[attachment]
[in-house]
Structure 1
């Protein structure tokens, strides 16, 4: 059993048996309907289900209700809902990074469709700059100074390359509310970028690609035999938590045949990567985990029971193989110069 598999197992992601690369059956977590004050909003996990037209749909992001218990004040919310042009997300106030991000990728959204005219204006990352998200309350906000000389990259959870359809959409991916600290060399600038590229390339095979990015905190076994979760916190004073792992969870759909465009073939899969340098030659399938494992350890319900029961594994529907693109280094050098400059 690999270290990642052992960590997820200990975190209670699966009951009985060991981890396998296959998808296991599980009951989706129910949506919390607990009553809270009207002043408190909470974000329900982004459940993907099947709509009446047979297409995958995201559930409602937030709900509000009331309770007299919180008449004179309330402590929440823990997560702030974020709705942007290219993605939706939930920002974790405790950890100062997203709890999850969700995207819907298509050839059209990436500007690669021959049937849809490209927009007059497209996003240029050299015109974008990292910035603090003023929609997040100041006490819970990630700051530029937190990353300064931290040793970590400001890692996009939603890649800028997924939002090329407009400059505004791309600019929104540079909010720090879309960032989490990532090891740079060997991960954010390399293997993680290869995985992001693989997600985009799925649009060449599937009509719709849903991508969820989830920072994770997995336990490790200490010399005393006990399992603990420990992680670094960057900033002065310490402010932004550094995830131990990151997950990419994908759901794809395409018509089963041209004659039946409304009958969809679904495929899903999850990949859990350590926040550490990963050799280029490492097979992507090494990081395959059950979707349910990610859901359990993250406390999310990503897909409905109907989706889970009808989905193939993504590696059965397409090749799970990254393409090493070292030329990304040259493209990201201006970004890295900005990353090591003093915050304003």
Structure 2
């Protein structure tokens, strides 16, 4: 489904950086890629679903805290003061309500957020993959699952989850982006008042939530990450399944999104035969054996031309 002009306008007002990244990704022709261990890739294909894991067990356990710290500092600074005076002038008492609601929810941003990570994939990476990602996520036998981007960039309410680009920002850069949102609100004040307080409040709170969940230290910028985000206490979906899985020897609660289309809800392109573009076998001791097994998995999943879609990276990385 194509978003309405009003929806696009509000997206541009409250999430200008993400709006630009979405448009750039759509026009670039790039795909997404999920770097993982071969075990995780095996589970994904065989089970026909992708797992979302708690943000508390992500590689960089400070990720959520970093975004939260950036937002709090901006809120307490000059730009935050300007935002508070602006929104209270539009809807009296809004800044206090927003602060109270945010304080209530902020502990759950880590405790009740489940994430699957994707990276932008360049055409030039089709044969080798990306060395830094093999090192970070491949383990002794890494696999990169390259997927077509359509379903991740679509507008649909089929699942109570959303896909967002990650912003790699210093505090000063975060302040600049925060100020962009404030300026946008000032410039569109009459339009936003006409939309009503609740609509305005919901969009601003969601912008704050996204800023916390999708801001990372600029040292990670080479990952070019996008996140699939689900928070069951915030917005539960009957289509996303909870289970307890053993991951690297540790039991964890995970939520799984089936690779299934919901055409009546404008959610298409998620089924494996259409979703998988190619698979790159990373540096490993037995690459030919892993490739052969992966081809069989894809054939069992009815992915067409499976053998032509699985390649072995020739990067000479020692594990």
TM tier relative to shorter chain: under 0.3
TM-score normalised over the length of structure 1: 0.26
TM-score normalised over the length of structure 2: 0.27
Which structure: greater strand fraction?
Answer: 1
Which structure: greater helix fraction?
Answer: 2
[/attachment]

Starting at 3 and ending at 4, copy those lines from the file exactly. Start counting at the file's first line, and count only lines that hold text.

């Protein structure tokens, strides 16, 4: 059993048996309907289900209700809902990074469709700059100074390359509310970028690609035999938590045949990567985990029971193989110069 598999197992992601690369059956977590004050909003996990037209749909992001218990004040919310042009997300106030991000990728959204005219204006990352998200309350906000000389990259959870359809959409991916600290060399600038590229390339095979990015905190076994979760916190004073792992969870759909465009073939899969340098030659399938494992350890319900029961594994529907693109280094050098400059 690999270290990642052992960590997820200990975190209670699966009951009985060991981890396998296959998808296991599980009951989706129910949506919390607990009553809270009207002043408190909470974000329900982004459940993907099947709509009446047979297409995958995201559930409602937030709900509000009331309770007299919180008449004179309330402590929440823990997560702030974020709705942007290219993605939706939930920002974790405790950890100062997203709890999850969700995207819907298509050839059209990436500007690669021959049937849809490209927009007059497209996003240029050299015109974008990292910035603090003023929609997040100041006490819970990630700051530029937190990353300064931290040793970590400001890692996009939603890649800028997924939002090329407009400059505004791309600019929104540079909010720090879309960032989490990532090891740079060997991960954010390399293997993680290869995985992001693989997600985009799925649009060449599937009509719709849903991508969820989830920072994770997995336990490790200490010399005393006990399992603990420990992680670094960057900033002065310490402010932004550094995830131990990151997950990419994908759901794809395409018509089963041209004659039946409304009958969809679904495929899903999850990949859990350590926040550490990963050799280029490492097979992507090494990081395959059950979707349910990610859901359990993250406390999310990503897909409905109907989706889970009808989905193939993504590696059965397409090749799970990254393409090493070292030329990304040259493209990201201006970004890295900005990353090591003093915050304003």
Structure 2